One of the best parts of a survival experience is forging a connection with Mother Nature. Unfortunately, Mother Nature also has a pretty strong connection with lots of things that enjoy stealing food, sucking blood, and eating humans.

Wilderness survival means survival in every sense of the word – you’re no longer comfortably at the top of the food chain. But with a little know-how, you can tame the beasts of the wild and be king of the jungle.

Disclaimer: You will not be able to actually tame any wild beasts. “King of the Jungle” is a title reserved by lions and adapting the moniker may be a violation of copyright law.

Fangs of the Venomous Puff Adder

Fangs of the Venomous Puff Adder

Things That Bite

It’s virtually a guarantee that you will be covered in bug bites during your survival experience. That doesn’t mean you should embrace them wholeheartedly.

Bug bites are a cause of both infection and parasitic diseases. Using proper survival skills will minimize your bites and reduce your risks.

Utilize insect repellent. If you don’t have a bottle (or when your bottle runs out), catnip, wild garlic, and cedar, among others, are natural insect repellents.

If possible, bring a mosquito net or trash bag with you. Cover your shelter entrance with the netting or the bag (cut slits in the bag for airflow). This will reduce the number of bites you get at night and give you a place to hide out during peak bug times. Mosquitoes are particularly active at dusk and at the Adirondacks Blood N’ Brews Festival, which takes place yearly, July 16th, on your face.

To prevent bites from ground insects and spiders, elevate the place where you sleep by constructing a raised bed. And if you’re in place with scorpions, always check your shoes in the morning.

For the bug bites that you will undoubtedly get despite using all the survival skills discussed above, forage some plants for itch relief. The less you scratch, the lower your risk of opening a wound that can lead to infection.

A side note on snakes: while none of the previous advice applies to snakes, they are things that bite. Snakes are generally reclusive, so the best strategy is to leave them alone and quit being such a dick. If you’re interested in hunting them, research any venomous snakes in your area to make sure you don’t make a fatal mistake – but we recommend you consider focusing on rabbits instead.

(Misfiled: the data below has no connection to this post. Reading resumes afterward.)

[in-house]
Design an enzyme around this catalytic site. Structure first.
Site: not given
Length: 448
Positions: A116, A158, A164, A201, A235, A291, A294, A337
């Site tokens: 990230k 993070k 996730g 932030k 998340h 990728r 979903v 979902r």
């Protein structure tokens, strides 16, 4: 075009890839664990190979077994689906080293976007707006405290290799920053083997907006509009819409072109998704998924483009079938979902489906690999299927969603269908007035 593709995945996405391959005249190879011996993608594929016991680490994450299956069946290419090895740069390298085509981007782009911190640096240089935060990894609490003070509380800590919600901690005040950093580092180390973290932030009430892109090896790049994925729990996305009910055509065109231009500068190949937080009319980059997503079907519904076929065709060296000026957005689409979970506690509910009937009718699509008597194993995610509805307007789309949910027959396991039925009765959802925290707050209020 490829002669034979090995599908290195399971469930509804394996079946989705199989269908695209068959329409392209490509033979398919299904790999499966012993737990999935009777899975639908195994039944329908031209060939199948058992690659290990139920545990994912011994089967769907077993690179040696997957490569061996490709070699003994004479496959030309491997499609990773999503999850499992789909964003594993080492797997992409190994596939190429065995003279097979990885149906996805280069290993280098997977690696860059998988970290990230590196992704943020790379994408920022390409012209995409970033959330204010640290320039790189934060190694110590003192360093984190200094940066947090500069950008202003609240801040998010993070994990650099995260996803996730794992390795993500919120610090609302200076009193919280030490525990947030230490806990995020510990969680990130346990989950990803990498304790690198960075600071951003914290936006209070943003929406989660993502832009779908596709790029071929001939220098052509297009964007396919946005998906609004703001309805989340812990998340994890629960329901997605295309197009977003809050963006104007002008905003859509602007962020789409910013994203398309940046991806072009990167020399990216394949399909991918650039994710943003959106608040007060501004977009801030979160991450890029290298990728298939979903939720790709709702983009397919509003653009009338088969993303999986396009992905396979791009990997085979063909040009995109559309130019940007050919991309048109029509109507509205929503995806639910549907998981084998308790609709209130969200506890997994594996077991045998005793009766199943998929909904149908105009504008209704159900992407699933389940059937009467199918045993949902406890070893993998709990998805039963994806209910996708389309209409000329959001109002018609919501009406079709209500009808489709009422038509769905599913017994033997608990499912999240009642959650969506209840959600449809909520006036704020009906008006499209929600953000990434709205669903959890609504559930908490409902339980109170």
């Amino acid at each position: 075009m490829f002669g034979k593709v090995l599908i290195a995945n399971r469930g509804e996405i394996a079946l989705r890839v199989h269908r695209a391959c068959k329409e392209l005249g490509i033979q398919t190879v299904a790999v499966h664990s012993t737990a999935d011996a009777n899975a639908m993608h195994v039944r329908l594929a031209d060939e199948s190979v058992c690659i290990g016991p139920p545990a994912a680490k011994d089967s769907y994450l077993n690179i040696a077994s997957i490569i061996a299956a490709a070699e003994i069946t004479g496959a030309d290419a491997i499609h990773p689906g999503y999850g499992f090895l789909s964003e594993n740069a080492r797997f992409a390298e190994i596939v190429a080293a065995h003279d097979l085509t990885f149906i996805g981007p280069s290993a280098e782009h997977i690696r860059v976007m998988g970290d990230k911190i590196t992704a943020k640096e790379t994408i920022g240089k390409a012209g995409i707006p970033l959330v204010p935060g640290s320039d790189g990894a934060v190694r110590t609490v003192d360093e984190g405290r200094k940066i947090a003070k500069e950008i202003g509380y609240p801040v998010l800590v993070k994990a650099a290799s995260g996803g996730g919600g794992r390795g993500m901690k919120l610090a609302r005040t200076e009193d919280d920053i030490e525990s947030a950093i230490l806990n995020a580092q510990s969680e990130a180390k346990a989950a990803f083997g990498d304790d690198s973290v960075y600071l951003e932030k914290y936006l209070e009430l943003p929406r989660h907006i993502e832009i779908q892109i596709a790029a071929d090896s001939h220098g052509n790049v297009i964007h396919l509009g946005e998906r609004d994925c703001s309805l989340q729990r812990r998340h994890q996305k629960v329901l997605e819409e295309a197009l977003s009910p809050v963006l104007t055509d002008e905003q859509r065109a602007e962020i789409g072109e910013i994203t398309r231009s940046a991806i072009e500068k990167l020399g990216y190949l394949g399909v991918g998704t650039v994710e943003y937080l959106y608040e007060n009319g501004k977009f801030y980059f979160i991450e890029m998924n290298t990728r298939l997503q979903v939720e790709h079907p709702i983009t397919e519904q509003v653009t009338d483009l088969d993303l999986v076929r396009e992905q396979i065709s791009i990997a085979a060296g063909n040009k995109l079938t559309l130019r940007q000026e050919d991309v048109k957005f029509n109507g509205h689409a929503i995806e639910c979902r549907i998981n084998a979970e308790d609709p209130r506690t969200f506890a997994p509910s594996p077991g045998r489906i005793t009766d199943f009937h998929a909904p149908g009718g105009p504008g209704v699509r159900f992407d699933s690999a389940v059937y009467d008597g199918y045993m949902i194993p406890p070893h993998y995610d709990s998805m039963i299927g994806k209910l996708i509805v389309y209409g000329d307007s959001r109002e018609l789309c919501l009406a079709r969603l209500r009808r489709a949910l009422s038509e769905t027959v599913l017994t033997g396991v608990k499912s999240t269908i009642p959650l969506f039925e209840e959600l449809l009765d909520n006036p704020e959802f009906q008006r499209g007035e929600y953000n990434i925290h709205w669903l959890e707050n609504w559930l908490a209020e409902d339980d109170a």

Fox in the Woods

Lone Fox in the Woods

Things That Eat Your Food

While it’s certainly no fun getting bitten, it’s arguably even less fun to have your food supply bitten. Squirrels, chipmunks, mice, and more may view the little bit of food you have stockpiled as their next meal. Unless you have some sort of dim-witted hunting plan that involves fattening the animals until they’re slow enough for you to catch, it’s best to know how to keep them away.

Keep your campsite clean. When cooking, burn away any food remains and wash dishes if possible. Dispose of any food-related waste away from your campsite. We’re not suggesting that your survival experience involves trimming the fat from your steaks, but even a little bit of bone or grease can be an attractant.

Store food in containers. If you’ve brought some Ziploc bags or other sealed containers with you, congrats. If you haven’t, you probably also don’t have a stockpile of food, so this becomes more of a moot point. If you need something to fill those lonely nights, you can dreamily construct food containers from found materials and fantasize about the day you fill them with foraged harvests.

And hey, if squirrels keep coming to your campsite, make a spear. There’s more than one way to get rid of a pest.

Grizzly Bear in the River

Grizzly Bear in the River

Things That May Eat You

Being eaten by a predator falls under the category of “ways to die”, which is pretty much the only way to fail at using your survival skills. Bears are some of the most common causes of concern in the wild, as they’re naturally curious and frequently scavenge for food.

While the following tips are good for preventing contact with bears, they’re also practical for any type of large, predatory animal. It’s good practice to have some defensive strategies for anything that could take you out and eat you for meat, whether that’s a bobcat or Jeffrey Dahmer.

The survival skills required for keeping away predators are similar to those for pest prevention. Keep your campsite clean of food or food residue and don’t sleep in the clothes you cook in. The US Forest Service recommends keeping a minimum of 100 yards between where you cook and where you sleep.

Keep any food or food-related items in a bear bag and tie it high enough that no predator can reach it (at least 12 feet from the ground). If your survival situation is a dystopia full of genetically mutated carnivorous giraffes, consider raising the bag several feet higher. Actually … just kill yourself. All hope is lost at that point.

If an unwanted animal shows up anyway, be prepared. You can make an intruder alert system with some empty aluminum cans, cordage, and pebbles.

Bring bear spray with you, and keep weapons nearby to fend off anything that gets past your safeguards. Don’t get paranoid, though. If you freak out and stab your hiking partner, the smell of blood is likely to attract actual predators.